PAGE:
"And this world, like earth, and what I like most is the temperature seventy-six degrees, and like Earth's Amazon, only a fluctuation of ten degrees all year long. And did you know the Amazon sees a greater fluctuation in temperature in a day than from changing from summer to winter?"

And in the waters a type of fish like a yellow perch that never stops moving, its entire lifespan Irish dance.

Jane says, "In four hundred years do you know how valuable this will land will be? We are standing on Miami beach."

"It is estimated that there are eight thousand caves along this ridge alone."

The place smells of mushroom compost. My feet are already sore from hiking. The caves smell of manure. Water left in a watering can. Water up to our knees in places.

Jane stops and looks at it all.

I speak first. "I'm more at home here umpteen trillion miles away than on Earth these days." I look around. "This place reminds me of Fort Smith, Arkansas. Have you ever been to Arkansas?"

"I've flown over it in eleven seconds in an F -898 G. It looked nice enough, Arkansas."

We are walking together, going down into, and cross a fast moving creek, and I slip coming out, and Jane almost slips, and my pants are wetted to my waist.

"There's a cave here. Follow me in," I say.

The grotto opens up into a cave, and I think of Russian Orthodox churches. We walk in and the sunlight illuminates the first sixty feet.

"We could camp here tonight," I say.

"That would be a good idea."

Jane screams, "Oh my God!" And she points at the south wall.

Startled, and, I panic. And, I see the south wall for the first time. And, easily, now, I can see cave paintings. And Jane and I stare at ideograms, hieroglyphics, among the concretions, like cuneiforms. I am staring at cave paintings. Intricate, renderings of animals mostly, insects too, strange that both are drawn to the same size; a three inch insect is the same size as a fish. And there are pictures of cave openings like maps, and the cave entrances are painted like stomachs, like the middle of things, neither an entrance nor an exit. To think, aliens painted this, and I know that I am starring at evidence of intelligent life on other planets. There was a society here.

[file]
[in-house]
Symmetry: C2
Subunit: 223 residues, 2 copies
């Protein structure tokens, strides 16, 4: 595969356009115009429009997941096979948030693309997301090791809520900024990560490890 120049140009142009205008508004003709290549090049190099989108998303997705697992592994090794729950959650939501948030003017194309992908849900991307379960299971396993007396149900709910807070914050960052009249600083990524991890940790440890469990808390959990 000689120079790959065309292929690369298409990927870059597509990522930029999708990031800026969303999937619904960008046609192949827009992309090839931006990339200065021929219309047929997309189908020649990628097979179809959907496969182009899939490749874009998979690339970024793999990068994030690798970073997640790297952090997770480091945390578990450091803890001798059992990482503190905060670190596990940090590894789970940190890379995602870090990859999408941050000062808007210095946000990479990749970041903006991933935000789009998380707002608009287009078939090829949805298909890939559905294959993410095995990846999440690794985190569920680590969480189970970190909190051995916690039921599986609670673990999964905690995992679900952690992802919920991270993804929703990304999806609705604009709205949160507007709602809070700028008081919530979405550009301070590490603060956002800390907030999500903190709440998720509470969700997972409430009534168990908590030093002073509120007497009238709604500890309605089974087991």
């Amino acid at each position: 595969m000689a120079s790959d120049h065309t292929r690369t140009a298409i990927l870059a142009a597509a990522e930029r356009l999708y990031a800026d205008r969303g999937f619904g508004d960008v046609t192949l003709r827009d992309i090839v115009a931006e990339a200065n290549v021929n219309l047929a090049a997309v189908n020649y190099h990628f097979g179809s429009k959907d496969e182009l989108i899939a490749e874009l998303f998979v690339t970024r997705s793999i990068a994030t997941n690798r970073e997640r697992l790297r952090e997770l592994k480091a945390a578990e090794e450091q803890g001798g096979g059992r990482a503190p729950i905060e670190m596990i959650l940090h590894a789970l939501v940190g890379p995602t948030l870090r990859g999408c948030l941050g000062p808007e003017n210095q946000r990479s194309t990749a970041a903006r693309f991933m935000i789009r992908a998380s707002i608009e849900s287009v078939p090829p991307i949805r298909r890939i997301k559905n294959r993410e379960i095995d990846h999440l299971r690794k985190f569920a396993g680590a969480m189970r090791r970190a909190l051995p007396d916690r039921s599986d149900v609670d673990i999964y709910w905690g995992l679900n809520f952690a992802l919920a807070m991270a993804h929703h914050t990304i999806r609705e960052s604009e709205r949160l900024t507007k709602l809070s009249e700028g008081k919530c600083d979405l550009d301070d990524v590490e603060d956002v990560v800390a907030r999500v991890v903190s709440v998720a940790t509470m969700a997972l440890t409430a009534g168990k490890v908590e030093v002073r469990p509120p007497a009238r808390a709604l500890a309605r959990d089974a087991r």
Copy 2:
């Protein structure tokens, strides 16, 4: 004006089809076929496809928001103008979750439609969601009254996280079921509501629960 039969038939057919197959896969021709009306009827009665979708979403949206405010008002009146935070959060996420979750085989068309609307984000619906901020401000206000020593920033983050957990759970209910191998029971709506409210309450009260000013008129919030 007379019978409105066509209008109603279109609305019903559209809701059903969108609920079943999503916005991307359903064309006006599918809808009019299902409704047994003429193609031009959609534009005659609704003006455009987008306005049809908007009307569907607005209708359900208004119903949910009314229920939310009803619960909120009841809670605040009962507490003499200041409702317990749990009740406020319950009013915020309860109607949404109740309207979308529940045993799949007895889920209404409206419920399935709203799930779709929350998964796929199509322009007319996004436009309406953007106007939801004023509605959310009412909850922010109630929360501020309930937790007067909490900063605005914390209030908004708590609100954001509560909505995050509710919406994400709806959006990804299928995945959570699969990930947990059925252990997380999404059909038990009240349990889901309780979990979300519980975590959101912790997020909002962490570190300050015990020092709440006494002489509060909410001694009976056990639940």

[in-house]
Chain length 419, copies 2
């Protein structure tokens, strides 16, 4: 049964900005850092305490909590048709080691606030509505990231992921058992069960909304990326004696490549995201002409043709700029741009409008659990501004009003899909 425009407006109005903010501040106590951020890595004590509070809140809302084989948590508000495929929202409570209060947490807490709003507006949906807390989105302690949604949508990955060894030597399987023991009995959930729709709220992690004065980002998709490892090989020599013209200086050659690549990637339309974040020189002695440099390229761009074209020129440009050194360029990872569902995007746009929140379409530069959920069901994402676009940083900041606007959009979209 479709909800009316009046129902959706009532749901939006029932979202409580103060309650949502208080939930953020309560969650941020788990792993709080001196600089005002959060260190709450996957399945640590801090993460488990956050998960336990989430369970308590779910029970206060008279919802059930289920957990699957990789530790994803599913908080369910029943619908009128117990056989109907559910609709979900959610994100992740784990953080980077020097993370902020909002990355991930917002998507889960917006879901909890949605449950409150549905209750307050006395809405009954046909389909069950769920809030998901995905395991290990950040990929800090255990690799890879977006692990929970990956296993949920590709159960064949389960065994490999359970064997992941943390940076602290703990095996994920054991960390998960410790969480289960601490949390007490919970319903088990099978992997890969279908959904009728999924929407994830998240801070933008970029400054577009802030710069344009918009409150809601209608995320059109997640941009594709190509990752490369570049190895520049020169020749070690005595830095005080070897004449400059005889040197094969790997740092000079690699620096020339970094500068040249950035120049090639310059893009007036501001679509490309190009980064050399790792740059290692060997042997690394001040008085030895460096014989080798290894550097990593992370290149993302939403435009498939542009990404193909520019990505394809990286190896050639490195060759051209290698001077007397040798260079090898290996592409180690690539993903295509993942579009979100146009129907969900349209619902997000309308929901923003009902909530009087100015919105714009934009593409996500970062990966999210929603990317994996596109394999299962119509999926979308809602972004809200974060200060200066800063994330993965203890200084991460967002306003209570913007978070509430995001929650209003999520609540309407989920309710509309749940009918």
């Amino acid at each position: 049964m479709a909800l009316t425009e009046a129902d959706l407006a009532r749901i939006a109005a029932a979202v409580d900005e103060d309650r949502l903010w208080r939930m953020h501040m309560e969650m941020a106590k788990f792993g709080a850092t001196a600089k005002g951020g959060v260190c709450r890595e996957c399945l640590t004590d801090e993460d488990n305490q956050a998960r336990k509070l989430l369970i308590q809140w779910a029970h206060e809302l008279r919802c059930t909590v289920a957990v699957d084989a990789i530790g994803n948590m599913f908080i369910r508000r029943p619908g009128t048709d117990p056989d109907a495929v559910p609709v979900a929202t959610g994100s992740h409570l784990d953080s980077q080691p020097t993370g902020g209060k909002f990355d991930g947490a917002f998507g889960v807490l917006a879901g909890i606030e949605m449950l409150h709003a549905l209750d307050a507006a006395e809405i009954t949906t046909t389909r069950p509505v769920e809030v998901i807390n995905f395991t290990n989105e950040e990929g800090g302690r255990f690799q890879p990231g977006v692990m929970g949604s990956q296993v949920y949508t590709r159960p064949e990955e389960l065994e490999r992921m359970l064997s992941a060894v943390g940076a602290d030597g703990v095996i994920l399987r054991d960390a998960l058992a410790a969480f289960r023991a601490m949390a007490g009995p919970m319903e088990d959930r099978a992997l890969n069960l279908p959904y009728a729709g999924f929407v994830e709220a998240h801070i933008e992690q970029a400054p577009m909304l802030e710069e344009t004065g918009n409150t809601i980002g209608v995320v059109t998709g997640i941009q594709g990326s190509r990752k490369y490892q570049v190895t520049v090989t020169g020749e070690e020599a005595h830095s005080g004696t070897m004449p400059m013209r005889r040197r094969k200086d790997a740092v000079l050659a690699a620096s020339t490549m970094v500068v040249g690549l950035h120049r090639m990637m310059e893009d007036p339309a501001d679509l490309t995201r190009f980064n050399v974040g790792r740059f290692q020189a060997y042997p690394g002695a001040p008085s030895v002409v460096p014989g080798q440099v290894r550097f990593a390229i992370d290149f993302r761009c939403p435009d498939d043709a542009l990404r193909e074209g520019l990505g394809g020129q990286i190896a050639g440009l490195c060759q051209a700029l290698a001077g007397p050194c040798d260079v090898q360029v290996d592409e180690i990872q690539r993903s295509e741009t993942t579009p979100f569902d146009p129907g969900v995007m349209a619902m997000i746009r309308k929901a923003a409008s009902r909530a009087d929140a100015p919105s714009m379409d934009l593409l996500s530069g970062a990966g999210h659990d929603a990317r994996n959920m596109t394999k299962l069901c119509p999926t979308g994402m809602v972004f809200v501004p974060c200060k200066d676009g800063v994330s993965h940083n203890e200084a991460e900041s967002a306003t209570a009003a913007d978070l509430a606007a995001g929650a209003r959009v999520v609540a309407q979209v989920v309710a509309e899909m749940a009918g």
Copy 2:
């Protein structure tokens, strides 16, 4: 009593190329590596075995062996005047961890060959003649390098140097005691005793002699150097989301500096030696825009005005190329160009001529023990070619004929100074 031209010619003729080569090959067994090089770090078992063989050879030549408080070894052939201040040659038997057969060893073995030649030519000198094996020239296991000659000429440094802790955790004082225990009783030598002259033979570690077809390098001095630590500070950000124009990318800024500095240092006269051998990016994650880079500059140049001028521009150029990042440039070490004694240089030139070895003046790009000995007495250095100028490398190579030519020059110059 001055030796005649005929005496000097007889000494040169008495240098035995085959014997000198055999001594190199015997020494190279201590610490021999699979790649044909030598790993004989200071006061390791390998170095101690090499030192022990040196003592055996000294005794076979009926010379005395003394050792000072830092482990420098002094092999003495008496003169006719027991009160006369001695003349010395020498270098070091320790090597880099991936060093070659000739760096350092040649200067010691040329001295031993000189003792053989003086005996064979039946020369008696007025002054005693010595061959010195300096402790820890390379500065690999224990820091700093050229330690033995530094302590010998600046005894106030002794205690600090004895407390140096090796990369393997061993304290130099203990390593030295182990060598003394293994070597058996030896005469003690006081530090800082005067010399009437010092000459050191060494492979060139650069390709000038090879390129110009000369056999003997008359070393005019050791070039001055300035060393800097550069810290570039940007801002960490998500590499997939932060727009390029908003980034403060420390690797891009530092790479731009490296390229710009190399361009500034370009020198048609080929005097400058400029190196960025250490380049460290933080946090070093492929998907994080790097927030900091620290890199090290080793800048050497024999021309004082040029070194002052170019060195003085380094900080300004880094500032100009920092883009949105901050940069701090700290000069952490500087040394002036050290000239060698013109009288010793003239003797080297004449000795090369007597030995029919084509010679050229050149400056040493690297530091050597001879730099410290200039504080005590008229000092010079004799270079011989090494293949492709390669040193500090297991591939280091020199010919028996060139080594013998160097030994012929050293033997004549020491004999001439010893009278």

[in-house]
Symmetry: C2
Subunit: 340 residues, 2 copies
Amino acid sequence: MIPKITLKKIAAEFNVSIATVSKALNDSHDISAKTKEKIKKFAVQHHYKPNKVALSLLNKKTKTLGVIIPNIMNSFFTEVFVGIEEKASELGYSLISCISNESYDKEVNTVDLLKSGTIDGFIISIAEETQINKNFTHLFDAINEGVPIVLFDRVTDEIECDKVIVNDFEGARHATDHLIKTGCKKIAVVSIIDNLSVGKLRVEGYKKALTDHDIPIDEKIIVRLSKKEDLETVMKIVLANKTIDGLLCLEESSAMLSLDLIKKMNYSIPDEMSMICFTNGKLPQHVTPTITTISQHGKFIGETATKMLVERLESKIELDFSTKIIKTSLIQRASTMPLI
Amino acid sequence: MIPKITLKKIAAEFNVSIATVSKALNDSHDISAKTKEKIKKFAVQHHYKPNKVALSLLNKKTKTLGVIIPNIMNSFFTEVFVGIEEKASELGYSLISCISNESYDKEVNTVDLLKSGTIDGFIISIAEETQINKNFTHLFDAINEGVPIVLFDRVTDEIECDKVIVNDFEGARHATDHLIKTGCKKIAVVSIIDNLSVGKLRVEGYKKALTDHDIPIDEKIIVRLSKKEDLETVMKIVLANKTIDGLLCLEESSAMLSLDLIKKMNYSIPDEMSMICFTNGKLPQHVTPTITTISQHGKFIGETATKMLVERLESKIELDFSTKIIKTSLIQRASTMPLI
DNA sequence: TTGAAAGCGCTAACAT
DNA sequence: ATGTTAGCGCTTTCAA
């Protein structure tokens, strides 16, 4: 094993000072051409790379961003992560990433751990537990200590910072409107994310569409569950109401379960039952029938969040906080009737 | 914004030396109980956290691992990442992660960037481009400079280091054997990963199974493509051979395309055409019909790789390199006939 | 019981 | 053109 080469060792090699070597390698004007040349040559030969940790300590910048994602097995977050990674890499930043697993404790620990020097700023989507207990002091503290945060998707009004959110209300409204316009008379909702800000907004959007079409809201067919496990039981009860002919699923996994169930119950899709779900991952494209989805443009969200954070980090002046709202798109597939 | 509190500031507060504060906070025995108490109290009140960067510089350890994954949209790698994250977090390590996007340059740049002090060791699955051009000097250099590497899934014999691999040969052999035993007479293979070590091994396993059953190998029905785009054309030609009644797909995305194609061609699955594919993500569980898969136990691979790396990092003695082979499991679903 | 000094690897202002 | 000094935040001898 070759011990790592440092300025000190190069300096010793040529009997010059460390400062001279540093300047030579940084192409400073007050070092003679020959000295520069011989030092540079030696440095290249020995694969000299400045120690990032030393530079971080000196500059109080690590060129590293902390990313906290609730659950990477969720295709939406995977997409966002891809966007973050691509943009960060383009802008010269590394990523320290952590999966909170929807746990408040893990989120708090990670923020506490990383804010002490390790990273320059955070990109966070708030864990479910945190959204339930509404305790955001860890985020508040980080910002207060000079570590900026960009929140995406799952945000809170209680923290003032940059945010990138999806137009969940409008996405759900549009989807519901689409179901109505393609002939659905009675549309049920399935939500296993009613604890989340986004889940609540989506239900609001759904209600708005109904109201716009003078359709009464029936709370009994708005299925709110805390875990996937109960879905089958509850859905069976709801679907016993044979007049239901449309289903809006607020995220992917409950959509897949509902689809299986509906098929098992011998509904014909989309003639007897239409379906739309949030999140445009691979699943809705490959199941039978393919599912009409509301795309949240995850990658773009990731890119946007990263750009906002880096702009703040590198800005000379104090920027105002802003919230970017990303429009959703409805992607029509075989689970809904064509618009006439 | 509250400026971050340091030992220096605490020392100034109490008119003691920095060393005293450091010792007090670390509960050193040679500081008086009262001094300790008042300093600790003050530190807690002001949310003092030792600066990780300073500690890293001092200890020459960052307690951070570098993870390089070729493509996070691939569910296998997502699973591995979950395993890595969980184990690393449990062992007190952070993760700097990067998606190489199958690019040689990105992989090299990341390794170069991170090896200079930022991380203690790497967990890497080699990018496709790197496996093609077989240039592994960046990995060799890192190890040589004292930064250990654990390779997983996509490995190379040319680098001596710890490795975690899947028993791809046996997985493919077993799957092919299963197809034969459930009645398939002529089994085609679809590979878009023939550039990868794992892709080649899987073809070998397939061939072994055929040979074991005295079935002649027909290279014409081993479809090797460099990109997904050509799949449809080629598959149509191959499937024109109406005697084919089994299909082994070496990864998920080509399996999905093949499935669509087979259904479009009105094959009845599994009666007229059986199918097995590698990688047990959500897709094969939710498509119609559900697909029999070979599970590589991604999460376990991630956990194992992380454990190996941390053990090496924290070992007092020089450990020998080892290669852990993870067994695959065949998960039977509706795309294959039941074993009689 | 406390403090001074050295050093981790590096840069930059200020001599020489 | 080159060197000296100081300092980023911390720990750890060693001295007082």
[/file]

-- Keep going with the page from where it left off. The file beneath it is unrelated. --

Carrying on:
I look for garbage dumps, and on the cave floor, fossils, petrified animal bones, litter.

Jane says, "What a discovery. Sentient aliens do exist. There once was intelligent life on this planet."

I say, "This is our little Big Bang."

The cave painting depicts a map of the cave and cavern system like a plan view in architecture, but more resembling a 3-D object, like an isometric drawing but at 15 degrees, and there are no straight lines, but I think of the Cartesian coordinate system in the design, but in 3-D; the painting is like lifting a napkin partially off a table and drawing with great detail, the napkin, an artist working hours and hours, maybe years at the drawing. And the work, and I comprehend this, does not begin like English from left to right, and not like Arabic from right to left, but like in columns, seven or more columns; a few phrases written in one column, and then skip three columns and then writing in the forth column, and I determine this from the color of the ink, the paint used, and also the handwriting. The picture is a construct of words and pictures, like writing out the word grotto, but just the letters gro, and then the rest of the word is a picture like a hieroglyph, and then letters again, tto. I wonder on the calligraphy of drawing. And, the colors many colored, but the color blue signatory reoccurring, and sometimes in the middle of a word, one letter, another color of ink, blue, and what is the significance? The map is like an antique map. "This is the Rosetta Stone," I tell Jane. I am staring up at the Rosetta Stone.